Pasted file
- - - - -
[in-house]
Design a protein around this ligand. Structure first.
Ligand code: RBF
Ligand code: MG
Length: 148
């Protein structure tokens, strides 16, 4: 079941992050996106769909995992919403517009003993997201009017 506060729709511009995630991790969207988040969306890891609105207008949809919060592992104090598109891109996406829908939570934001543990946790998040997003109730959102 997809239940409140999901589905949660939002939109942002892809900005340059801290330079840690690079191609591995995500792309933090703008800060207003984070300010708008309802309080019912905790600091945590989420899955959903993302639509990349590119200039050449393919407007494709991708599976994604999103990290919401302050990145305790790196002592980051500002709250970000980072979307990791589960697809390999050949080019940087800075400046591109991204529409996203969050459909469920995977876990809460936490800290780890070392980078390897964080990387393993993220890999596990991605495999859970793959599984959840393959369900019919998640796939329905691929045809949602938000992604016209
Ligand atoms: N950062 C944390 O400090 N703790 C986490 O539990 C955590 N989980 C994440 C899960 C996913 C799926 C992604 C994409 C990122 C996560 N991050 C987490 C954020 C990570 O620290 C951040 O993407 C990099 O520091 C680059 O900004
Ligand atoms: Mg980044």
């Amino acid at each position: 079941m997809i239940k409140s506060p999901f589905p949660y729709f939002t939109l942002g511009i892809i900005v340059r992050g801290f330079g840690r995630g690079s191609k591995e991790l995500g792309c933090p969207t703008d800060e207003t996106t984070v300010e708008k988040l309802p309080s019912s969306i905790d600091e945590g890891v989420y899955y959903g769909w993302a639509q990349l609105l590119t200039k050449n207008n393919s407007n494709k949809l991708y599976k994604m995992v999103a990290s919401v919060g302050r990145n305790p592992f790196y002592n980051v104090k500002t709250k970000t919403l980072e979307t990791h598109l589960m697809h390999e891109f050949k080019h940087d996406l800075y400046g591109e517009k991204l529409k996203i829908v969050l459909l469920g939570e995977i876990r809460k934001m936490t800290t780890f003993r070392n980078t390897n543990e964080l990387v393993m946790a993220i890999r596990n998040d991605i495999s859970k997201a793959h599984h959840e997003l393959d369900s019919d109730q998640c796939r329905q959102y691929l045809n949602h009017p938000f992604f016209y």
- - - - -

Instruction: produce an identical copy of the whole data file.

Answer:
[in-house]
Design a protein around this ligand. Structure first.
Ligand code: RBF
Ligand code: MG
Length: 148
């Protein structure tokens, strides 16, 4: 079941992050996106769909995992919403517009003993997201009017 506060729709511009995630991790969207988040969306890891609105207008949809919060592992104090598109891109996406829908939570934001543990946790998040997003109730959102 997809239940409140999901589905949660939002939109942002892809900005340059801290330079840690690079191609591995995500792309933090703008800060207003984070300010708008309802309080019912905790600091945590989420899955959903993302639509990349590119200039050449393919407007494709991708599976994604999103990290919401302050990145305790790196002592980051500002709250970000980072979307990791589960697809390999050949080019940087800075400046591109991204529409996203969050459909469920995977876990809460936490800290780890070392980078390897964080990387393993993220890999596990991605495999859970793959599984959840393959369900019919998640796939329905691929045809949602938000992604016209
Ligand atoms: N950062 C944390 O400090 N703790 C986490 O539990 C955590 N989980 C994440 C899960 C996913 C799926 C992604 C994409 C990122 C996560 N991050 C987490 C954020 C990570 O620290 C951040 O993407 C990099 O520091 C680059 O900004
Ligand atoms: Mg980044």
């Amino acid at each position: 079941m997809i239940k409140s506060p999901f589905p949660y729709f939002t939109l942002g511009i892809i900005v340059r992050g801290f330079g840690r995630g690079s191609k591995e991790l995500g792309c933090p969207t703008d800060e207003t996106t984070v300010e708008k988040l309802p309080s019912s969306i905790d600091e945590g890891v989420y899955y959903g769909w993302a639509q990349l609105l590119t200039k050449n207008n393919s407007n494709k949809l991708y599976k994604m995992v999103a990290s919401v919060g302050r990145n305790p592992f790196y002592n980051v104090k500002t709250k970000t919403l980072e979307t990791h598109l589960m697809h390999e891109f050949k080019h940087d996406l800075y400046g591109e517009k991204l529409k996203i829908v969050l459909l469920g939570e995977i876990r809460k934001m936490t800290t780890f003993r070392n980078t390897n543990e964080l990387v393993m946790a993220i890999r596990n998040d991605i495999s859970k997201a793959h599984h959840e997003l393959d369900s019919d109730q998640c796939r329905q959102y691929l045809n949602h009017p938000f992604f016209y």